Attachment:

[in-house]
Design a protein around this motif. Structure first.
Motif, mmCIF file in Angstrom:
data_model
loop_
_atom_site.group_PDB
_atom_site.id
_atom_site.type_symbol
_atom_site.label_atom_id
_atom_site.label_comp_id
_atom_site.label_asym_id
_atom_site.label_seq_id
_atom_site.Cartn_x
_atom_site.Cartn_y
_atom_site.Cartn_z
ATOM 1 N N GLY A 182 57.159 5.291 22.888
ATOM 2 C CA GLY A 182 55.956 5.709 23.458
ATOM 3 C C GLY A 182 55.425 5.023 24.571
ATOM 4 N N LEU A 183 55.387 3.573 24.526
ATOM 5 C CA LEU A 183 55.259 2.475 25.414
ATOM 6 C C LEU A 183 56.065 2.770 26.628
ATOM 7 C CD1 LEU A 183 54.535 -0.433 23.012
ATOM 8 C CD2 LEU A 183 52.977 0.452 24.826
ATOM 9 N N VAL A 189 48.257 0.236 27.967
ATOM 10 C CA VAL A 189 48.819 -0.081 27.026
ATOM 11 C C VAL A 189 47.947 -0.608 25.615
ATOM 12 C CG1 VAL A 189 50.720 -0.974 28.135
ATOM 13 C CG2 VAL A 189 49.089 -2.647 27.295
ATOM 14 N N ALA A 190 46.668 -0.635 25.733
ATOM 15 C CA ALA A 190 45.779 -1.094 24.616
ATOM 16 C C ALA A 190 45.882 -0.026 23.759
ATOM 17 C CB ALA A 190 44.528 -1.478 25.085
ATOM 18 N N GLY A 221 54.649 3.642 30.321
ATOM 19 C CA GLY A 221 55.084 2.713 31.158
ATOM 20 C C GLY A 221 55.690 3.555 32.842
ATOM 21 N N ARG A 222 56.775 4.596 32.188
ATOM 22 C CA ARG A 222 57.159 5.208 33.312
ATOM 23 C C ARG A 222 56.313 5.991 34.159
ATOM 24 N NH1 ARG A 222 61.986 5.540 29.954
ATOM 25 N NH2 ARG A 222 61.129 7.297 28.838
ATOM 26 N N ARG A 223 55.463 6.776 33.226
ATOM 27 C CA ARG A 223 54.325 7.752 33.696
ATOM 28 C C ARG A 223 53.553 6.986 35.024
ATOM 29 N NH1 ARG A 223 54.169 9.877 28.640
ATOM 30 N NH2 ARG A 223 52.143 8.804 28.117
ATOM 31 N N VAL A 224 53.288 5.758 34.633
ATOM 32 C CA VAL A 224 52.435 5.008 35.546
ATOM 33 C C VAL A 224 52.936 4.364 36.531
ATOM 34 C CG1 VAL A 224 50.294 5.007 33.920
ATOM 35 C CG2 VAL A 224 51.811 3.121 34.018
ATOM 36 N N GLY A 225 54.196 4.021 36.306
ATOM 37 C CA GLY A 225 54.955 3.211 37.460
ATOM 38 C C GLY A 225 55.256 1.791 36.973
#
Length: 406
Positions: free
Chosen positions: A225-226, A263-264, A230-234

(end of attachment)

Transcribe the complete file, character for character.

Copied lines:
[in-house]
Design a protein around this motif. Structure first.
Motif, mmCIF file in Angstrom:
data_model
loop_
_atom_site.group_PDB
_atom_site.id
_atom_site.type_symbol
_atom_site.label_atom_id
_atom_site.label_comp_id
_atom_site.label_asym_id
_atom_site.label_seq_id
_atom_site.Cartn_x
_atom_site.Cartn_y
_atom_site.Cartn_z
ATOM 1 N N GLY A 182 57.159 5.291 22.888
ATOM 2 C CA GLY A 182 55.956 5.709 23.458
ATOM 3 C C GLY A 182 55.425 5.023 24.571
ATOM 4 N N LEU A 183 55.387 3.573 24.526
ATOM 5 C CA LEU A 183 55.259 2.475 25.414
ATOM 6 C C LEU A 183 56.065 2.770 26.628
ATOM 7 C CD1 LEU A 183 54.535 -0.433 23.012
ATOM 8 C CD2 LEU A 183 52.977 0.452 24.826
ATOM 9 N N VAL A 189 48.257 0.236 27.967
ATOM 10 C CA VAL A 189 48.819 -0.081 27.026
ATOM 11 C C VAL A 189 47.947 -0.608 25.615
ATOM 12 C CG1 VAL A 189 50.720 -0.974 28.135
ATOM 13 C CG2 VAL A 189 49.089 -2.647 27.295
ATOM 14 N N ALA A 190 46.668 -0.635 25.733
ATOM 15 C CA ALA A 190 45.779 -1.094 24.616
ATOM 16 C C ALA A 190 45.882 -0.026 23.759
ATOM 17 C CB ALA A 190 44.528 -1.478 25.085
ATOM 18 N N GLY A 221 54.649 3.642 30.321
ATOM 19 C CA GLY A 221 55.084 2.713 31.158
ATOM 20 C C GLY A 221 55.690 3.555 32.842
ATOM 21 N N ARG A 222 56.775 4.596 32.188
ATOM 22 C CA ARG A 222 57.159 5.208 33.312
ATOM 23 C C ARG A 222 56.313 5.991 34.159
ATOM 24 N NH1 ARG A 222 61.986 5.540 29.954
ATOM 25 N NH2 ARG A 222 61.129 7.297 28.838
ATOM 26 N N ARG A 223 55.463 6.776 33.226
ATOM 27 C CA ARG A 223 54.325 7.752 33.696
ATOM 28 C C ARG A 223 53.553 6.986 35.024
ATOM 29 N NH1 ARG A 223 54.169 9.877 28.640
ATOM 30 N NH2 ARG A 223 52.143 8.804 28.117
ATOM 31 N N VAL A 224 53.288 5.758 34.633
ATOM 32 C CA VAL A 224 52.435 5.008 35.546
ATOM 33 C C VAL A 224 52.936 4.364 36.531
ATOM 34 C CG1 VAL A 224 50.294 5.007 33.920
ATOM 35 C CG2 VAL A 224 51.811 3.121 34.018
ATOM 36 N N GLY A 225 54.196 4.021 36.306
ATOM 37 C CA GLY A 225 54.955 3.211 37.460
ATOM 38 C C GLY A 225 55.256 1.791 36.973
#
Length: 406
Positions: free
Chosen positions: A225-226, A263-264, A230-234